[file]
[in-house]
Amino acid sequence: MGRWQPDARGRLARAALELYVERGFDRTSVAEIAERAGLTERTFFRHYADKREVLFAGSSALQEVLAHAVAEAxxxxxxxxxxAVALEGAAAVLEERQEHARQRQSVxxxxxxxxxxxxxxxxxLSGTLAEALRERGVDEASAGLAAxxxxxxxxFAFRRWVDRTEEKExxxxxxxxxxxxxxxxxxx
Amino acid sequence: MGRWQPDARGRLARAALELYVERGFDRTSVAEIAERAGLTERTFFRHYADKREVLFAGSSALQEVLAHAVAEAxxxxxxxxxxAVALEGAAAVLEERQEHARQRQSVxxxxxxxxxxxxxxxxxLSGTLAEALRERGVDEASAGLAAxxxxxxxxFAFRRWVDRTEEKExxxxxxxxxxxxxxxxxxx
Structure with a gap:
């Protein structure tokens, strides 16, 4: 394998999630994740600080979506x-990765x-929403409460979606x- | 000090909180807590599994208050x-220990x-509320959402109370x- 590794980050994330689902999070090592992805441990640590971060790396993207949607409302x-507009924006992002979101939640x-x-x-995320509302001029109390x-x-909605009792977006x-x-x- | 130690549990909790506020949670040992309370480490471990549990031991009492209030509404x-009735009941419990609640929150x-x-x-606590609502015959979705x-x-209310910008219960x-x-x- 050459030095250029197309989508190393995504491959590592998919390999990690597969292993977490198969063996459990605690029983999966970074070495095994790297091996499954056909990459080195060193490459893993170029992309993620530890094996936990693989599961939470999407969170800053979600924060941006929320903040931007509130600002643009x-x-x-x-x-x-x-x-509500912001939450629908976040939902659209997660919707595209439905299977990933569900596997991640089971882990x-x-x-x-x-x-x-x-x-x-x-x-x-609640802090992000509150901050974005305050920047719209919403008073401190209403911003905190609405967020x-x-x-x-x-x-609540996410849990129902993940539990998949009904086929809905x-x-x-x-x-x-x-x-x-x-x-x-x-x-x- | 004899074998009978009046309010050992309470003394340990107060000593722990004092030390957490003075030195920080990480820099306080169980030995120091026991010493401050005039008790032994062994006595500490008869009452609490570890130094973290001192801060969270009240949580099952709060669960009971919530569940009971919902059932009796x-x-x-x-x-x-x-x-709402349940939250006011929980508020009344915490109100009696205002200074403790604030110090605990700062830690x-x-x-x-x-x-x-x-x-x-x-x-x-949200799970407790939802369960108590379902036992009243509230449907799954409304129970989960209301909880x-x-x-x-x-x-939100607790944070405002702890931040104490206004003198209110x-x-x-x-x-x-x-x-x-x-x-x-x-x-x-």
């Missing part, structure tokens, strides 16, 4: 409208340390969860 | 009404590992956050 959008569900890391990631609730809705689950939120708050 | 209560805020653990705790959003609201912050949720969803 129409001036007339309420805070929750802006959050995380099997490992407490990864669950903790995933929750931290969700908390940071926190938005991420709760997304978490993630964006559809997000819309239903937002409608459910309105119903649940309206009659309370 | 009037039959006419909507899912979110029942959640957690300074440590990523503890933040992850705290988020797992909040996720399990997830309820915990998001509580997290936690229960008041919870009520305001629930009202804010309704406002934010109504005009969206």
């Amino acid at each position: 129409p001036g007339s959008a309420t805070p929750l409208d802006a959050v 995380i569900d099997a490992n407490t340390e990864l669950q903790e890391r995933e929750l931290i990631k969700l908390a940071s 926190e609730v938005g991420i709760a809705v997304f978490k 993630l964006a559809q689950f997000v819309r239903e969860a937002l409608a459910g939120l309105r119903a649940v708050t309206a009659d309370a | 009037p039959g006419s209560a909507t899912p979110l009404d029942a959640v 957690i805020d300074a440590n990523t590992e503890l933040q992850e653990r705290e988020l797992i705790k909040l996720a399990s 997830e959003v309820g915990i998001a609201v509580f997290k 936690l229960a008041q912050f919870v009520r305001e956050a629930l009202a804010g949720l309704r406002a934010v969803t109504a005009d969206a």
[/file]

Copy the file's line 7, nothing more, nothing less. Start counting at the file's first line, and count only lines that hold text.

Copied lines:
């Amino acid at each position: 129409p001036g007339s959008a309420t805070p929750l409208d802006a959050v 995380i569900d099997a490992n407490t340390e990864l669950q903790e890391r995933e929750l931290i990631k969700l908390a940071s 926190e609730v938005g991420i709760a809705v997304f978490k 993630l964006a559809q689950f997000v819309r239903e969860a937002l409608a459910g939120l309105r119903a649940v708050t309206a009659d309370a | 009037p039959g006419s209560a909507t899912p979110l009404d029942a959640v 957690i805020d300074a440590n990523t590992e503890l933040q992850e653990r705290e988020l797992i705790k909040l996720a399990s 997830e959003v309820g915990i998001a609201v509580f997290k 936690l229960a008041q912050f919870v009520r305001e956050a629930l009202a804010g949720l309704r406002a934010v969803t109504a005009d969206a």